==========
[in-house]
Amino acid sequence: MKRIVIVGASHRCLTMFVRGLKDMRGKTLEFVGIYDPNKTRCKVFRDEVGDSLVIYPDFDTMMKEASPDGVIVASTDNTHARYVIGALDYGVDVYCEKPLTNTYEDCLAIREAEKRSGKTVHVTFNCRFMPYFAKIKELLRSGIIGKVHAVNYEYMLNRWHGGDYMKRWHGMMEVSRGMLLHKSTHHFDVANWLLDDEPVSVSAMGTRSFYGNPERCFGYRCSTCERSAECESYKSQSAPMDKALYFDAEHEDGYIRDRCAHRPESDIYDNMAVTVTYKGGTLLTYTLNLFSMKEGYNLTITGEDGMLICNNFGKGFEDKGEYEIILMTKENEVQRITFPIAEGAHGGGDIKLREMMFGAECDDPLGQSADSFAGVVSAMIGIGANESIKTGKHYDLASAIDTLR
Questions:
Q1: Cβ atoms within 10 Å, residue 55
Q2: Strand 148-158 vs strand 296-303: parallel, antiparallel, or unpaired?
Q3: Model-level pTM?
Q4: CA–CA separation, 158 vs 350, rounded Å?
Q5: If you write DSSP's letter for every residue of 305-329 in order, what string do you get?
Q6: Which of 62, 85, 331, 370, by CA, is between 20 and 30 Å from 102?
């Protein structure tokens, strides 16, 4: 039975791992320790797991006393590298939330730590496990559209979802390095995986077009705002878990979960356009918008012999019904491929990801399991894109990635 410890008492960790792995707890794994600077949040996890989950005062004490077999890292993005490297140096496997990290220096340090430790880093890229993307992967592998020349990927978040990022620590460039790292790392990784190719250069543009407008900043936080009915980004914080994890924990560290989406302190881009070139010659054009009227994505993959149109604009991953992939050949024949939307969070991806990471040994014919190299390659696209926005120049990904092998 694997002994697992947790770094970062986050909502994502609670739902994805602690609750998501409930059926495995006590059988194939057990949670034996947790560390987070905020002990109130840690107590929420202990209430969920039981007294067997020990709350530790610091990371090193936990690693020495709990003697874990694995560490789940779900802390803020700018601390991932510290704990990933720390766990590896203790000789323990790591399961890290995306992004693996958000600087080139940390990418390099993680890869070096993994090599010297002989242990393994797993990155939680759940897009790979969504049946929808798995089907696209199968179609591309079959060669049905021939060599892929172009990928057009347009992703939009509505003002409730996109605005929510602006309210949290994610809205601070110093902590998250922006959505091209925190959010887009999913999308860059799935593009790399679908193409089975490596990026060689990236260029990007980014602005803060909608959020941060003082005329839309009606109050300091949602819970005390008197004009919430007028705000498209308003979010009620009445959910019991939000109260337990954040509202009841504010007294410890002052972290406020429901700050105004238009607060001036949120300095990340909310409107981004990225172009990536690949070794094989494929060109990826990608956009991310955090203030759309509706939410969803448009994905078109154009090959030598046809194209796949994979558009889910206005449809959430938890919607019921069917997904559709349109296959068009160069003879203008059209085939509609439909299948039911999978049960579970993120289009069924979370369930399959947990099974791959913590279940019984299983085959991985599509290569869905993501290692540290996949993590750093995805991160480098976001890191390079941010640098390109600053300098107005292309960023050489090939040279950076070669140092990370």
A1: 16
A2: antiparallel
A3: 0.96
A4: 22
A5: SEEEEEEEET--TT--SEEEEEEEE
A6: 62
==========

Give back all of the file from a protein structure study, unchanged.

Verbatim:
[in-house]
Amino acid sequence: MKRIVIVGASHRCLTMFVRGLKDMRGKTLEFVGIYDPNKTRCKVFRDEVGDSLVIYPDFDTMMKEASPDGVIVASTDNTHARYVIGALDYGVDVYCEKPLTNTYEDCLAIREAEKRSGKTVHVTFNCRFMPYFAKIKELLRSGIIGKVHAVNYEYMLNRWHGGDYMKRWHGMMEVSRGMLLHKSTHHFDVANWLLDDEPVSVSAMGTRSFYGNPERCFGYRCSTCERSAECESYKSQSAPMDKALYFDAEHEDGYIRDRCAHRPESDIYDNMAVTVTYKGGTLLTYTLNLFSMKEGYNLTITGEDGMLICNNFGKGFEDKGEYEIILMTKENEVQRITFPIAEGAHGGGDIKLREMMFGAECDDPLGQSADSFAGVVSAMIGIGANESIKTGKHYDLASAIDTLR
Questions:
Q1: Cβ atoms within 10 Å, residue 55
Q2: Strand 148-158 vs strand 296-303: parallel, antiparallel, or unpaired?
Q3: Model-level pTM?
Q4: CA–CA separation, 158 vs 350, rounded Å?
Q5: If you write DSSP's letter for every residue of 305-329 in order, what string do you get?
Q6: Which of 62, 85, 331, 370, by CA, is between 20 and 30 Å from 102?
């Protein structure tokens, strides 16, 4: 039975791992320790797991006393590298939330730590496990559209979802390095995986077009705002878990979960356009918008012999019904491929990801399991894109990635 410890008492960790792995707890794994600077949040996890989950005062004490077999890292993005490297140096496997990290220096340090430790880093890229993307992967592998020349990927978040990022620590460039790292790392990784190719250069543009407008900043936080009915980004914080994890924990560290989406302190881009070139010659054009009227994505993959149109604009991953992939050949024949939307969070991806990471040994014919190299390659696209926005120049990904092998 694997002994697992947790770094970062986050909502994502609670739902994805602690609750998501409930059926495995006590059988194939057990949670034996947790560390987070905020002990109130840690107590929420202990209430969920039981007294067997020990709350530790610091990371090193936990690693020495709990003697874990694995560490789940779900802390803020700018601390991932510290704990990933720390766990590896203790000789323990790591399961890290995306992004693996958000600087080139940390990418390099993680890869070096993994090599010297002989242990393994797993990155939680759940897009790979969504049946929808798995089907696209199968179609591309079959060669049905021939060599892929172009990928057009347009992703939009509505003002409730996109605005929510602006309210949290994610809205601070110093902590998250922006959505091209925190959010887009999913999308860059799935593009790399679908193409089975490596990026060689990236260029990007980014602005803060909608959020941060003082005329839309009606109050300091949602819970005390008197004009919430007028705000498209308003979010009620009445959910019991939000109260337990954040509202009841504010007294410890002052972290406020429901700050105004238009607060001036949120300095990340909310409107981004990225172009990536690949070794094989494929060109990826990608956009991310955090203030759309509706939410969803448009994905078109154009090959030598046809194209796949994979558009889910206005449809959430938890919607019921069917997904559709349109296959068009160069003879203008059209085939509609439909299948039911999978049960579970993120289009069924979370369930399959947990099974791959913590279940019984299983085959991985599509290569869905993501290692540290996949993590750093995805991160480098976001890191390079941010640098390109600053300098107005292309960023050489090939040279950076070669140092990370």
A1: 16
A2: antiparallel
A3: 0.96
A4: 22
A5: SEEEEEEEET--TT--SEEEEEEEE
A6: 62